In a car accident, soft tissue injuries are those involving supporting, non-bony parts of the body, such as muscles, tendons, and ligaments. This type of injury is quite common in car accidents. Often, they are present in the form of tears, sprains, strains, and general soreness.
When a car accident occurs, the impact of the crash can cause the the people inside the car to be jolted around. Hard braking and bracing against the impact lead to even more blows. The force of impact in a car accident can cause soft tissues to stretch considerably, resulting in significant damage. As a result, individuals often experience pain, swelling, bleeding, and loss of function.
Though soft tissue injuries are very common, they cannot be detected using X-rays, so they are more difficult to diagnose than hard tissue injuries affecting the bones and cartilage. Often, an individual with injuries to the tendons or ligaments will not experience symptoms for hours after a car accident. In some cases, it takes days for car accident victims to begin experiencing symptoms.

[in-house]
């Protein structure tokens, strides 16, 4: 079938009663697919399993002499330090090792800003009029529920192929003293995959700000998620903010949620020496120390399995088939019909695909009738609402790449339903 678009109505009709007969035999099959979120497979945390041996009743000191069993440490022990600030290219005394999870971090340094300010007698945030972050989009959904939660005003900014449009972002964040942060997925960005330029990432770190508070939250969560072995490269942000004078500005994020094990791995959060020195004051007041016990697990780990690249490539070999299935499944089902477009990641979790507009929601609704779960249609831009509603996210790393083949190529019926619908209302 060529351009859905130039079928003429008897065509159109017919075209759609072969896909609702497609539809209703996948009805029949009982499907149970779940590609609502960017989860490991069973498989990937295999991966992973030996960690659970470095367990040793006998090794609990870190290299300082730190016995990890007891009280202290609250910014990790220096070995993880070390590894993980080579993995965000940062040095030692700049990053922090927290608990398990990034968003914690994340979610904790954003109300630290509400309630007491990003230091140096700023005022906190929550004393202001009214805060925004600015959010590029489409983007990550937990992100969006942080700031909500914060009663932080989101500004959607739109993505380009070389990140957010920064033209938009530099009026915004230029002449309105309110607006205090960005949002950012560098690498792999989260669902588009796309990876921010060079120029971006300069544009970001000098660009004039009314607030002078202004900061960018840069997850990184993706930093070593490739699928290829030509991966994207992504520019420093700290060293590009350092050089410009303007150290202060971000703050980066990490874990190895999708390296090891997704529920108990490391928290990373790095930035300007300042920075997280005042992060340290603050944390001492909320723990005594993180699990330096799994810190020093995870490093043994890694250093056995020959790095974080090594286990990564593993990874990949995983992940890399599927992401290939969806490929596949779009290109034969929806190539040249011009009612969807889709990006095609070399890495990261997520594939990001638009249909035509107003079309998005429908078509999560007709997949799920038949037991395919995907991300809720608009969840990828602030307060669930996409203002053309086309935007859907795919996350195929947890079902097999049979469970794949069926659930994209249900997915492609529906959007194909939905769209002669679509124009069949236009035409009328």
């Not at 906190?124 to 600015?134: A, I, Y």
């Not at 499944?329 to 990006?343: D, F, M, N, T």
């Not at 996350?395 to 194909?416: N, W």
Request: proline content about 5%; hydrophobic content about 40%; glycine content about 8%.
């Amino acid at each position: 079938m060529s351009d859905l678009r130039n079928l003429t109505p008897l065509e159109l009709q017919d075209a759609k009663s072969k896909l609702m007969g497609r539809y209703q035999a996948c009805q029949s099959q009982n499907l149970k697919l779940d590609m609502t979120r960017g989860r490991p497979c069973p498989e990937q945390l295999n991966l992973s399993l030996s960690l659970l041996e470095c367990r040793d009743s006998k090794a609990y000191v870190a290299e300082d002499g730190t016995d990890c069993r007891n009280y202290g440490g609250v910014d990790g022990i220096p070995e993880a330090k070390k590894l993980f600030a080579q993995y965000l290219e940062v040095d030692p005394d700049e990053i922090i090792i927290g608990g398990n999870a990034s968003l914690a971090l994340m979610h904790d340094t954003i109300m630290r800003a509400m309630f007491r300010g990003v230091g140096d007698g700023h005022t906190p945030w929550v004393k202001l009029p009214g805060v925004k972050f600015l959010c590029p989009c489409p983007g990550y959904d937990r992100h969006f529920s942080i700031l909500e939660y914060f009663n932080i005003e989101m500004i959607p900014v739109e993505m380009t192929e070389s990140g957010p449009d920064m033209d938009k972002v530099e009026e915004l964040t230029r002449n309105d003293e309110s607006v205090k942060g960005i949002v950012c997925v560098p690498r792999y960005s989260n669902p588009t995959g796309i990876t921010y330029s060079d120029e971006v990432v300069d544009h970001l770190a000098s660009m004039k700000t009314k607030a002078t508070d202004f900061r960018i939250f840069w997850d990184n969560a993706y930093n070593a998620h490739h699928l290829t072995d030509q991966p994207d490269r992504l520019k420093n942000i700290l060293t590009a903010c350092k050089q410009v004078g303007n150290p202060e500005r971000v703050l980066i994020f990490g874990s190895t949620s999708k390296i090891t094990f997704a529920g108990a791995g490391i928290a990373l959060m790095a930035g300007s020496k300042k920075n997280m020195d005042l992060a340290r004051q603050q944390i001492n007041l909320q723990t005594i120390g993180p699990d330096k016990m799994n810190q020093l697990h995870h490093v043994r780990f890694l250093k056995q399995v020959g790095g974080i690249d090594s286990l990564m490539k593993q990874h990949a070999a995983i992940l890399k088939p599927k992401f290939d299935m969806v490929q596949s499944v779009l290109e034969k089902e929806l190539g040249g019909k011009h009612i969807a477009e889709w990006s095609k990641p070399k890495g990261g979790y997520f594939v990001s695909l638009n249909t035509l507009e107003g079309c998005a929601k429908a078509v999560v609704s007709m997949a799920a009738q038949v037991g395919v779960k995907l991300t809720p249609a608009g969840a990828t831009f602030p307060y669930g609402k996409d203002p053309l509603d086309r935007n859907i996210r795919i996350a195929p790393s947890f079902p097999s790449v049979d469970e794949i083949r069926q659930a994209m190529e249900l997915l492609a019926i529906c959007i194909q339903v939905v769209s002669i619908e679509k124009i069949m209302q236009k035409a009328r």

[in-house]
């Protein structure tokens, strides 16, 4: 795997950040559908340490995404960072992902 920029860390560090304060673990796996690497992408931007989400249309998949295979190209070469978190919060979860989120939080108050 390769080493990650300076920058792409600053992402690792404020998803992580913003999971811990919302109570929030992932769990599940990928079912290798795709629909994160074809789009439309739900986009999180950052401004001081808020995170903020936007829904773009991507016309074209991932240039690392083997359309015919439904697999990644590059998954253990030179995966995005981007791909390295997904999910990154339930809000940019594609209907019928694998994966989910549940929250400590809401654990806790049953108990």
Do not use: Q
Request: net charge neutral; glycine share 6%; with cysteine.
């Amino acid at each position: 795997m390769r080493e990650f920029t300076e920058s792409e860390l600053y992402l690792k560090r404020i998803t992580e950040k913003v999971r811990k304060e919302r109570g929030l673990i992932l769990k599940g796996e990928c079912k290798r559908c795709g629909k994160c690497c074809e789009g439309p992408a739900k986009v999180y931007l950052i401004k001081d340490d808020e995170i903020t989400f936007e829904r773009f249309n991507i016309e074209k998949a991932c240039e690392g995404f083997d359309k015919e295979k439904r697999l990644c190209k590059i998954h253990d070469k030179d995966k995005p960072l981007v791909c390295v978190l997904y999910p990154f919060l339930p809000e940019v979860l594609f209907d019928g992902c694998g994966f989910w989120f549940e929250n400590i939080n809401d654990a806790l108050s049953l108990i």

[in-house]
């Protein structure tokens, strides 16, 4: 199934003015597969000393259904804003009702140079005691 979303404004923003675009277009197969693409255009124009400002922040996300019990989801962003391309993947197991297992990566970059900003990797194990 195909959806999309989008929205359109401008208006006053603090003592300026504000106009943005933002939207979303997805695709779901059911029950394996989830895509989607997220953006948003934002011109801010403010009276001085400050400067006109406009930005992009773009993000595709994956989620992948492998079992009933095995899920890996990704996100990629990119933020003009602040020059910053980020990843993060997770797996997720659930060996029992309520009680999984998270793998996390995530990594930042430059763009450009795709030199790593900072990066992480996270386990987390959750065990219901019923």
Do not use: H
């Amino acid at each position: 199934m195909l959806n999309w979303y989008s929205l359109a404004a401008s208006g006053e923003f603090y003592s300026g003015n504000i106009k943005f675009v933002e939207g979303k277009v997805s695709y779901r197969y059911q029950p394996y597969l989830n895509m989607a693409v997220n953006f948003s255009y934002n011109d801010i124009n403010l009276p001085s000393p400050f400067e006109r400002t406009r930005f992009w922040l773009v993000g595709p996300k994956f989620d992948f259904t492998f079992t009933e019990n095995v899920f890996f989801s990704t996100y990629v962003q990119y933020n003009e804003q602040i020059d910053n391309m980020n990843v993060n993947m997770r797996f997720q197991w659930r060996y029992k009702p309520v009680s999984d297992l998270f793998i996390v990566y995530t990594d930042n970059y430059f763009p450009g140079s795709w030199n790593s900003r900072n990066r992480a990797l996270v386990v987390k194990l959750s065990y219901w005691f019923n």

Once the symptoms begin, the car accident victim may experience persistent pain and inflammation. This is a natural result of soft tissue injury and helps to make the person aware that a body part has been damaged. The pain, however, can be significant and can stall or inhibit healing if left untreated.
One of the most common injuries of this type is whiplash, which occurs when a person in a car is hit from behind in an accidnet. In this type of collision, the head of the accident victim often snaps forward and back again. The head weighs a considerable amount, and when it snaps backward, it exerts significant force on the tissues in the neck. The resulting whiplash can lead to a range of serious conditions, including chronic pain, joint dysfunction, and herniated discs of the spine.
Symptoms of whiplash can include neck pain, stiffness, headache, and burning sensations. Shoulder, back pain, and dizziness may be present as well. Some sufferers also report memory loss, depression, fatigue, and nervousness.